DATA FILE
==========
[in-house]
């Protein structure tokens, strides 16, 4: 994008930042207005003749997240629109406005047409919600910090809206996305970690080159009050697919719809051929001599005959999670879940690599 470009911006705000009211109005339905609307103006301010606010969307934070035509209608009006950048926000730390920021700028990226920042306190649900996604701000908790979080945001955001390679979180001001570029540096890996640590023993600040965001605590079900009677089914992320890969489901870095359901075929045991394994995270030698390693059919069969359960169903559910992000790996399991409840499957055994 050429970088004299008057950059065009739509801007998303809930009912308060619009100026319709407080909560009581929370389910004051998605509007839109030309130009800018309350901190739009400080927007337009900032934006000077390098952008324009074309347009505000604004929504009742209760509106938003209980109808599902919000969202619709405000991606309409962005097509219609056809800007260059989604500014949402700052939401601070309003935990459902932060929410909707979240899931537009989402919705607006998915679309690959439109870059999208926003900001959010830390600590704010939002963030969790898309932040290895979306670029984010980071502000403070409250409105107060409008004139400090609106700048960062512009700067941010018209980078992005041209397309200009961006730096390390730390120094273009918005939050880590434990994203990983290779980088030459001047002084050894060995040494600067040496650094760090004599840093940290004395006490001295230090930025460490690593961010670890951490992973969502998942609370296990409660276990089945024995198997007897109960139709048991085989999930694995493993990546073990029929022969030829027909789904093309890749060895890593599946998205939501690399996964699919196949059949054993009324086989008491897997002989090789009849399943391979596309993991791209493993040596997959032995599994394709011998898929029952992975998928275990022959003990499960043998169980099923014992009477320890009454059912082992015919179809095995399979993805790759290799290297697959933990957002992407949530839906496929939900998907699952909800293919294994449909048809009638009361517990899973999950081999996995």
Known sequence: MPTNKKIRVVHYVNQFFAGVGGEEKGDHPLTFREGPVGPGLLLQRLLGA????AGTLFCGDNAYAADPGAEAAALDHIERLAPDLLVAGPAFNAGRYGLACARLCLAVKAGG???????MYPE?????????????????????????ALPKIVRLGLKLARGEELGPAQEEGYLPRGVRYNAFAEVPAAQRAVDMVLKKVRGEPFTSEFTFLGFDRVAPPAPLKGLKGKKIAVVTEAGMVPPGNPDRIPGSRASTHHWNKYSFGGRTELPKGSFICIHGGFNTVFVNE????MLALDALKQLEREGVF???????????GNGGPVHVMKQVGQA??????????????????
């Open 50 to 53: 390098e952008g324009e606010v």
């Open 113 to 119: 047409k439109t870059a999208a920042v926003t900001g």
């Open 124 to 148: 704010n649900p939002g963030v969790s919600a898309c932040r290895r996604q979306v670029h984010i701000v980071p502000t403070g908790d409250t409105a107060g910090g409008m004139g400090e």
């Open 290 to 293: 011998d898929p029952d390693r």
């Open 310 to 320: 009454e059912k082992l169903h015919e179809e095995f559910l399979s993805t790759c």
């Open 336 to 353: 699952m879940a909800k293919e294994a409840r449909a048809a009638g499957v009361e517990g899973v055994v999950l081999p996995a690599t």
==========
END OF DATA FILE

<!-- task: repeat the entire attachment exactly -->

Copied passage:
[in-house]
């Protein structure tokens, strides 16, 4: 994008930042207005003749997240629109406005047409919600910090809206996305970690080159009050697919719809051929001599005959999670879940690599 470009911006705000009211109005339905609307103006301010606010969307934070035509209608009006950048926000730390920021700028990226920042306190649900996604701000908790979080945001955001390679979180001001570029540096890996640590023993600040965001605590079900009677089914992320890969489901870095359901075929045991394994995270030698390693059919069969359960169903559910992000790996399991409840499957055994 050429970088004299008057950059065009739509801007998303809930009912308060619009100026319709407080909560009581929370389910004051998605509007839109030309130009800018309350901190739009400080927007337009900032934006000077390098952008324009074309347009505000604004929504009742209760509106938003209980109808599902919000969202619709405000991606309409962005097509219609056809800007260059989604500014949402700052939401601070309003935990459902932060929410909707979240899931537009989402919705607006998915679309690959439109870059999208926003900001959010830390600590704010939002963030969790898309932040290895979306670029984010980071502000403070409250409105107060409008004139400090609106700048960062512009700067941010018209980078992005041209397309200009961006730096390390730390120094273009918005939050880590434990994203990983290779980088030459001047002084050894060995040494600067040496650094760090004599840093940290004395006490001295230090930025460490690593961010670890951490992973969502998942609370296990409660276990089945024995198997007897109960139709048991085989999930694995493993990546073990029929022969030829027909789904093309890749060895890593599946998205939501690399996964699919196949059949054993009324086989008491897997002989090789009849399943391979596309993991791209493993040596997959032995599994394709011998898929029952992975998928275990022959003990499960043998169980099923014992009477320890009454059912082992015919179809095995399979993805790759290799290297697959933990957002992407949530839906496929939900998907699952909800293919294994449909048809009638009361517990899973999950081999996995």
Known sequence: MPTNKKIRVVHYVNQFFAGVGGEEKGDHPLTFREGPVGPGLLLQRLLGA????AGTLFCGDNAYAADPGAEAAALDHIERLAPDLLVAGPAFNAGRYGLACARLCLAVKAGG???????MYPE?????????????????????????ALPKIVRLGLKLARGEELGPAQEEGYLPRGVRYNAFAEVPAAQRAVDMVLKKVRGEPFTSEFTFLGFDRVAPPAPLKGLKGKKIAVVTEAGMVPPGNPDRIPGSRASTHHWNKYSFGGRTELPKGSFICIHGGFNTVFVNE????MLALDALKQLEREGVF???????????GNGGPVHVMKQVGQA??????????????????
């Open 50 to 53: 390098e952008g324009e606010v």
């Open 113 to 119: 047409k439109t870059a999208a920042v926003t900001g």
């Open 124 to 148: 704010n649900p939002g963030v969790s919600a898309c932040r290895r996604q979306v670029h984010i701000v980071p502000t403070g908790d409250t409105a107060g910090g409008m004139g400090e």
């Open 290 to 293: 011998d898929p029952d390693r």
């Open 310 to 320: 009454e059912k082992l169903h015919e179809e095995f559910l399979s993805t790759c």
């Open 336 to 353: 699952m879940a909800k293919e294994a409840r449909a048809a009638g499957v009361e517990g899973v055994v999950l081999p996995a690599t």